The readiness of industry for a transformative recovery from COVID 19 (2020) with Sam Fankhauser and Raphaela Kotsch. Global Sustainability, 3, E37.

Many countries are committed to emerge from COVID 19 on a more sustainable environmental footing. We explore what such a structurally transformative recovery would mean for the manufacturing sector of 14 major economies. We find that all countries have zero-carbon growth opportunities post-COVID and comparative advantages in some sectors, but industrialised countries and the East Asian economies, especially South Korea, appear best positioned, thanks a push in low-carbon innovation that predates the pandemic.

Sensitive Intervention Points in the Post-Carbon Transition (2019) with Doyne Farmer, Cameron Hepburn, Matthew Ives, Thomas Hale, Thom Wetzer, Penny Mealy, Ryan Rafaty and Rupert Way. Science. 364 (6436), 132-134. Free copy here.

Conventional approaches to mitigating climate change are not working. Despite the actions pledged under the 2015 Paris Agreement, actual progress is falling well short. Given limited time and resources, traditional efforts such as the climate stabilization wedge approach are unlikely to be effective on their own. Physical science has shown how complex adaptive systems can cross critical thresholds (“tipping points”), such that a relatively small change can trigger a larger change that becomes irreversible , where nonlinear feedback effects act as amplifiers. We propose to examine how to exploit similar sensitive intervention points (SIPs) and amplification mechanisms in socioeconomic, technological, and political systems to advance climate change mitigation. We focus on research and policies in which an intervention kicks or shifts the system so that the initial change is amplified by feedback effects that deliver outsized impact.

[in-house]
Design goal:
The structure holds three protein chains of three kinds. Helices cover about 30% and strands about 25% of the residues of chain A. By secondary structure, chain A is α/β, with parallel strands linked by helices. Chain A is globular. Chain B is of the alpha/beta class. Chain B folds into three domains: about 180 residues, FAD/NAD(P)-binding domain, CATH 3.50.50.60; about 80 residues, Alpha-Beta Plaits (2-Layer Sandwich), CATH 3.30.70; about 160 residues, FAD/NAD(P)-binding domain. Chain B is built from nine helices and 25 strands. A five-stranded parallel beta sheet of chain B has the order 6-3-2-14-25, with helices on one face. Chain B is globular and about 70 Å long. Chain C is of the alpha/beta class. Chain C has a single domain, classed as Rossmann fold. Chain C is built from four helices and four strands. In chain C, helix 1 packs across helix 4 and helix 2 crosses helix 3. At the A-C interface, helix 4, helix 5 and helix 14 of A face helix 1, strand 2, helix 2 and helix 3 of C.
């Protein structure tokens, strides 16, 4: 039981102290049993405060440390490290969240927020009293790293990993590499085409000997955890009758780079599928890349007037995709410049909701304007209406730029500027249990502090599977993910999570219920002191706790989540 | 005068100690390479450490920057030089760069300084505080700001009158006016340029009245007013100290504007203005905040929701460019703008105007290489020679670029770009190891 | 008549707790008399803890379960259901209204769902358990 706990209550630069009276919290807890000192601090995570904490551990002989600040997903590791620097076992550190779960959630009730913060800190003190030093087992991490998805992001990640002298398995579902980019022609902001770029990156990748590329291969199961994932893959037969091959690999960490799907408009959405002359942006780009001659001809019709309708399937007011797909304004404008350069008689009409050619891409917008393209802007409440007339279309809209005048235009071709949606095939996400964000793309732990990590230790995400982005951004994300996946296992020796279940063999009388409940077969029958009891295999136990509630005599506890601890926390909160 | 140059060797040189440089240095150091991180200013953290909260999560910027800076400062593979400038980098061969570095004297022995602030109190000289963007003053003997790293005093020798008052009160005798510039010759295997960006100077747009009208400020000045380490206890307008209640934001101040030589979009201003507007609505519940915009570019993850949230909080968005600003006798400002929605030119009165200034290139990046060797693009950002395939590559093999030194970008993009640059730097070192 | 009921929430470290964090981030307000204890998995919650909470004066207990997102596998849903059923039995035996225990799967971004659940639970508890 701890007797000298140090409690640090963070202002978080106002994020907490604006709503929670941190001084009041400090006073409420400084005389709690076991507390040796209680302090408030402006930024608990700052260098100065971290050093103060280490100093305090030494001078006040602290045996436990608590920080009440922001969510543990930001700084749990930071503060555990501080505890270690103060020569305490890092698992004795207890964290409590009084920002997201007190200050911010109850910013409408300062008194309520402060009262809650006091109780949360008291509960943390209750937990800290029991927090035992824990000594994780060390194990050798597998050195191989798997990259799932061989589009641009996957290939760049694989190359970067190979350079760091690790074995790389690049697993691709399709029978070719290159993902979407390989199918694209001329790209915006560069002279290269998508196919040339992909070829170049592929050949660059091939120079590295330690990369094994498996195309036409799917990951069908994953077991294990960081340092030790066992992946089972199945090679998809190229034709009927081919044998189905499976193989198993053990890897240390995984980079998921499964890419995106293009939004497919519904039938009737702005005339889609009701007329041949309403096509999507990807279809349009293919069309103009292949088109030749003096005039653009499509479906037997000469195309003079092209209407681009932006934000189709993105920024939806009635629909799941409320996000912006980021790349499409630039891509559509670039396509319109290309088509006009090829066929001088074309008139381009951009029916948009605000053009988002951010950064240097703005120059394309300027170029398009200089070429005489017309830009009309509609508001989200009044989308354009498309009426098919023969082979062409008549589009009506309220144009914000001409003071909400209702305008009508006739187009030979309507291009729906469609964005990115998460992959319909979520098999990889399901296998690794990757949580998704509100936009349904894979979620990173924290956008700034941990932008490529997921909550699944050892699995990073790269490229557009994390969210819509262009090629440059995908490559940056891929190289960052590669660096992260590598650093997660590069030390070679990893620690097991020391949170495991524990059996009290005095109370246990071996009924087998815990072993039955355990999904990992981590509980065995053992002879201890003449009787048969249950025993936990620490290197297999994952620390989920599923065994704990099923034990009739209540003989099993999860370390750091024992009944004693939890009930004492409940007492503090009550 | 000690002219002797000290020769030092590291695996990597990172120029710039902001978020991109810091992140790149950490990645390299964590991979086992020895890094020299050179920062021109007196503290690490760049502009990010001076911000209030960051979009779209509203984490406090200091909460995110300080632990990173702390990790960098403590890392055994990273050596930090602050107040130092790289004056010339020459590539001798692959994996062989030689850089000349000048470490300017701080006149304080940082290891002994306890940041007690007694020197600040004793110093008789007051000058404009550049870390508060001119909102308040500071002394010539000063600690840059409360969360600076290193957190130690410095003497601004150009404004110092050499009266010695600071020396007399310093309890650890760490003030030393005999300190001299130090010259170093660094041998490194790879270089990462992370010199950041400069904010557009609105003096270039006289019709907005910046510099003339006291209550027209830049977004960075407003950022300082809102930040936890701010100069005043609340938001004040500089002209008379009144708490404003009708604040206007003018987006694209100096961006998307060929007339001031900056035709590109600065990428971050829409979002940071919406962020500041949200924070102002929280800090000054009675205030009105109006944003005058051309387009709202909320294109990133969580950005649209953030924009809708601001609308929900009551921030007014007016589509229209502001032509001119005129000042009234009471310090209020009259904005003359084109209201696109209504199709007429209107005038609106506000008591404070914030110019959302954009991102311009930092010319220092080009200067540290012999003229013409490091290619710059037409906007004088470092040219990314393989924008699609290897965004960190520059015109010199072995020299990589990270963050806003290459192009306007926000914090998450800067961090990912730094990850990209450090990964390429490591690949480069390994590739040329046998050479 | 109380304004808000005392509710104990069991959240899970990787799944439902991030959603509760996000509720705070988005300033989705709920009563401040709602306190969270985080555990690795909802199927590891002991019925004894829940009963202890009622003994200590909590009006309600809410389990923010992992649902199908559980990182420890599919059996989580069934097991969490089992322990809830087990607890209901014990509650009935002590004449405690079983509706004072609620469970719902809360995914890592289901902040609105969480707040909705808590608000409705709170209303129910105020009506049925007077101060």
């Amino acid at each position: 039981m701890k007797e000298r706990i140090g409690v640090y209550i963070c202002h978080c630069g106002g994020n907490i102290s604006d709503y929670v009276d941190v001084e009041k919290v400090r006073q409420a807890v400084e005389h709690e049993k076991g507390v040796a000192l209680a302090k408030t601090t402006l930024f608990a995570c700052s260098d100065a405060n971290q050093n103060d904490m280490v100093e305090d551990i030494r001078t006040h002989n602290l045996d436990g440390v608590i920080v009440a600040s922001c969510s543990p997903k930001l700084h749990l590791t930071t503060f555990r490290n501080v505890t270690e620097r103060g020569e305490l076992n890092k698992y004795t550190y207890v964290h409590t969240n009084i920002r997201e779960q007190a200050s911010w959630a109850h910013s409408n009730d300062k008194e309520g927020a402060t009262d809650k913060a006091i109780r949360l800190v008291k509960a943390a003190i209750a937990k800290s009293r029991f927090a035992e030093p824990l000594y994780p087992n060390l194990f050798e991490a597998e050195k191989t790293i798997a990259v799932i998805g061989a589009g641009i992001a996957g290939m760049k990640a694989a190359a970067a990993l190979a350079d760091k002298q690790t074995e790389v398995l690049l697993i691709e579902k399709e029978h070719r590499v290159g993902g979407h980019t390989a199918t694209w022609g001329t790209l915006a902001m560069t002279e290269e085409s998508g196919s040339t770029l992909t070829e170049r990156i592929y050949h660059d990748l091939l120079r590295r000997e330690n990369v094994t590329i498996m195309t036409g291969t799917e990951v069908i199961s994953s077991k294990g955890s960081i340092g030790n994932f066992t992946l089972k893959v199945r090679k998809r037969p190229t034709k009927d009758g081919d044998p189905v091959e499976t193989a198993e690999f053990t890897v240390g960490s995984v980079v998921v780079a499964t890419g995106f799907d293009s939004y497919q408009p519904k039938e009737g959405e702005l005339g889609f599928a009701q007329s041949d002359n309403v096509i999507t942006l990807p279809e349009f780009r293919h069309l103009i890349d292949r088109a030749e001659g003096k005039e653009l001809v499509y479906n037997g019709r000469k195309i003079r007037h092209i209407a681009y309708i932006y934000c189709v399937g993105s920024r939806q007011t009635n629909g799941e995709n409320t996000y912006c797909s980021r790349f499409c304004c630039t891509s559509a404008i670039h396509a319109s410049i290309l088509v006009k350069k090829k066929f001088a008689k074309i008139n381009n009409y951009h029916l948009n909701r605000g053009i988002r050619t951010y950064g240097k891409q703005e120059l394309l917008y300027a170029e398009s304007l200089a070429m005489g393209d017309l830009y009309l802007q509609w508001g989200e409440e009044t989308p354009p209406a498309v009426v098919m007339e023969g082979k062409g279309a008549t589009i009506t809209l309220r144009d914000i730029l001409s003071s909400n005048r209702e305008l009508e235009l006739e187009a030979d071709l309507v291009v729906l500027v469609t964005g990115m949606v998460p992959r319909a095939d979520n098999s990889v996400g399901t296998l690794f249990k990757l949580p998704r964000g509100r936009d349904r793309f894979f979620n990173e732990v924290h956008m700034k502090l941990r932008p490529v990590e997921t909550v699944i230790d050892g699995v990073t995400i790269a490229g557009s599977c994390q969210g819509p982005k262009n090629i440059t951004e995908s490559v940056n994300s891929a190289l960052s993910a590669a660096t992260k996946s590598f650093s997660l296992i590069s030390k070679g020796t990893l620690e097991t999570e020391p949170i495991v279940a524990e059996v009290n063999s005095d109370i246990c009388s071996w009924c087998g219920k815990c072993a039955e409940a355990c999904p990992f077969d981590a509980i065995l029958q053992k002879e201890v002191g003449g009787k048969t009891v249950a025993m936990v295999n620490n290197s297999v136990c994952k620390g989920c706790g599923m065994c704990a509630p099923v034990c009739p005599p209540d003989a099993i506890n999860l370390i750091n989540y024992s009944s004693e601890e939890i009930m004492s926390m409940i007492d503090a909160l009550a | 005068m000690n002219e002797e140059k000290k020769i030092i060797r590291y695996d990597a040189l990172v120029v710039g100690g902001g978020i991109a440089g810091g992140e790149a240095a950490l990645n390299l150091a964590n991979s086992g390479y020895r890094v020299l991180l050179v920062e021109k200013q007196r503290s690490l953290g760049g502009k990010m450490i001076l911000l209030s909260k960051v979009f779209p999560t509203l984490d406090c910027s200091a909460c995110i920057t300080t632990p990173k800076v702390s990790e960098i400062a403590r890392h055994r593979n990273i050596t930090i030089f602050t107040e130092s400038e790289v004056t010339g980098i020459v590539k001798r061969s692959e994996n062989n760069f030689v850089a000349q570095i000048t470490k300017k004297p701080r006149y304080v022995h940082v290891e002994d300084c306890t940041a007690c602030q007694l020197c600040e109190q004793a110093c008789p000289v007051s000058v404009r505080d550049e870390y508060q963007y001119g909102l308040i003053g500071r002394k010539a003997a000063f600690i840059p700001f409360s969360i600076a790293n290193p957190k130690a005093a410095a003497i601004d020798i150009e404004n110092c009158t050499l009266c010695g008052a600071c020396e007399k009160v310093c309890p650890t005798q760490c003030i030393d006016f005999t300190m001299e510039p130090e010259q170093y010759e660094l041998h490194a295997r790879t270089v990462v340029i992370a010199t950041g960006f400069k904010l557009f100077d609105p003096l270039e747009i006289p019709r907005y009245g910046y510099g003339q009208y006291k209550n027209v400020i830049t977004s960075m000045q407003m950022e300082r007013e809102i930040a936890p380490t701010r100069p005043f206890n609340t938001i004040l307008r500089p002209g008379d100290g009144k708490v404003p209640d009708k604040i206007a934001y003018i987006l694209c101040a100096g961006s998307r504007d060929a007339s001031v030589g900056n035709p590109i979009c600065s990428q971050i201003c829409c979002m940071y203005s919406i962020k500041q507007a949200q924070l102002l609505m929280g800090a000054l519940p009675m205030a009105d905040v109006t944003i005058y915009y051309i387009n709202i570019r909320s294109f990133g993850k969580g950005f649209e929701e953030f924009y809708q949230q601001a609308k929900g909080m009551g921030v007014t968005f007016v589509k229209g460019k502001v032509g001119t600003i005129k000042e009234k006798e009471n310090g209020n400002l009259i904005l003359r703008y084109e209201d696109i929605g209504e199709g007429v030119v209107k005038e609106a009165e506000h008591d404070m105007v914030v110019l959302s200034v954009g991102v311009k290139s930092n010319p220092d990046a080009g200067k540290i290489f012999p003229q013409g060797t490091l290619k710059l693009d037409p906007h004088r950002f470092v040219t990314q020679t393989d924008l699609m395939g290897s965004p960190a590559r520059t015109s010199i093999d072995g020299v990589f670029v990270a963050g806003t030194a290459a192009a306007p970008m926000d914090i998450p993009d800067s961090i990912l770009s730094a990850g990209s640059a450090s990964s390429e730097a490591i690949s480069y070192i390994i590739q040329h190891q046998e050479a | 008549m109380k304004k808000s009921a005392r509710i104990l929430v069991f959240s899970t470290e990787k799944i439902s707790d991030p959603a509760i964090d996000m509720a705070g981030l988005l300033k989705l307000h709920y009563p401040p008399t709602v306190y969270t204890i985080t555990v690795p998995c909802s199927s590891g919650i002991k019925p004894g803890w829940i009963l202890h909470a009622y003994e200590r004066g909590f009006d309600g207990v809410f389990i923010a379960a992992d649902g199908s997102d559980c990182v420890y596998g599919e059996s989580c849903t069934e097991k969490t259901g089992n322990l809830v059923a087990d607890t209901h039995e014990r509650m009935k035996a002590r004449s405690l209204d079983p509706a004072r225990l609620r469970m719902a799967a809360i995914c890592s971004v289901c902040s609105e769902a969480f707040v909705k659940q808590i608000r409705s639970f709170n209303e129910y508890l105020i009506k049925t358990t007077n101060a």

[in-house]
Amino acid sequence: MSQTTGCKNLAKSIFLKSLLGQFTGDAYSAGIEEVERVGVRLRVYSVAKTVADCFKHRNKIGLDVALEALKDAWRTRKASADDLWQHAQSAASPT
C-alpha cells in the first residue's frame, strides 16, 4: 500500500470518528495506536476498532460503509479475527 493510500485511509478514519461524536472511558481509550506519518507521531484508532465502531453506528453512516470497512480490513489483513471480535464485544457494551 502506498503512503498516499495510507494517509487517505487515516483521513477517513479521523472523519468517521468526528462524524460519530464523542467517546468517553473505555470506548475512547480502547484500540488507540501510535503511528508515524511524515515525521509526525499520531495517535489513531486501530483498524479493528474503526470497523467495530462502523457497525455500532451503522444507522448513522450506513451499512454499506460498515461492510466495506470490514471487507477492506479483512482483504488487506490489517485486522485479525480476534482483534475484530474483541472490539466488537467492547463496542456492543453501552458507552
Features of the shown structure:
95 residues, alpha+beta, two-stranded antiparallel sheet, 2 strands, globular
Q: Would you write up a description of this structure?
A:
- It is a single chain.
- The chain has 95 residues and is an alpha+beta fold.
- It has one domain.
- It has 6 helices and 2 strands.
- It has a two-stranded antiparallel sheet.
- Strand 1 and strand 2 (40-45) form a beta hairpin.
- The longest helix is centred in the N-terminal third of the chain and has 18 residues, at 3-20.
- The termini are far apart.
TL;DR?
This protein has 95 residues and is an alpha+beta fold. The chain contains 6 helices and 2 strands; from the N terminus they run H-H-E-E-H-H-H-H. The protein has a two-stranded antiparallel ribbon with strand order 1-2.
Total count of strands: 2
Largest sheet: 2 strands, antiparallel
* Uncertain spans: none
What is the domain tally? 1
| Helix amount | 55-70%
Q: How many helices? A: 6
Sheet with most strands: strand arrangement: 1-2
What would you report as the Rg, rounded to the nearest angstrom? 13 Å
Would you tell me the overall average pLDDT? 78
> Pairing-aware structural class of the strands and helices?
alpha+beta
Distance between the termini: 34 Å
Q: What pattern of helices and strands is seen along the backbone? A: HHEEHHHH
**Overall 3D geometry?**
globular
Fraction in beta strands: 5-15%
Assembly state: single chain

Revoking coal mining permits: an economic and legal analysis (2020) with Ryan Rafaty and Bjorn Hoops. Climate Policy. Feb 18:1-7 Free copy here. Short blogpost here.

Achieving mitigation targets under the Paris Agreement will depend on the early retirement of coal mines and plants. In the absence of sufficiently stringent demand-side policies, supply-side injunctions provide a potential avenue to expedite the decline of coal. We study the case of permits granted to RWE Power AG to operate Europe’s largest opencast lignite mine, situated at the 12,000-year-old Hambach Forest in North Rhine-Westphalia (NRW). We conduct two complementary assessments:

(i) a legal analysis finding that German law provides several grounds for the revocation of coal mining permits, particularly when linked to quantifiable damages to local ecosystems and communities; and

(ii) an economic analysis using natural capital accounting to quantify the environmental and societal costs associated with alternative scenarios of continued and halted mining activity.

We find the net present value of gains from immediately halting operations at the Hambach lignite mine to be €98–208 billion over 34-years, equivalent to 13–30% of NRW’s annual GDP. Health-related savings from avoided air pollution are 6.5 times greater than costs of replacing lost capacity with new renewable energy and battery storage infrastructure and two orders of magnitude greater than costs of compensating laid-off mining workers.

Key policy insights

  • The revocation of coal mining permits could be a legally plausible and replicable means of expediting the decline of coal.

  • Natural capital accounts highlight the third-party costs of coal mining, quantifying the often-ignored health-related damages from polluting activities.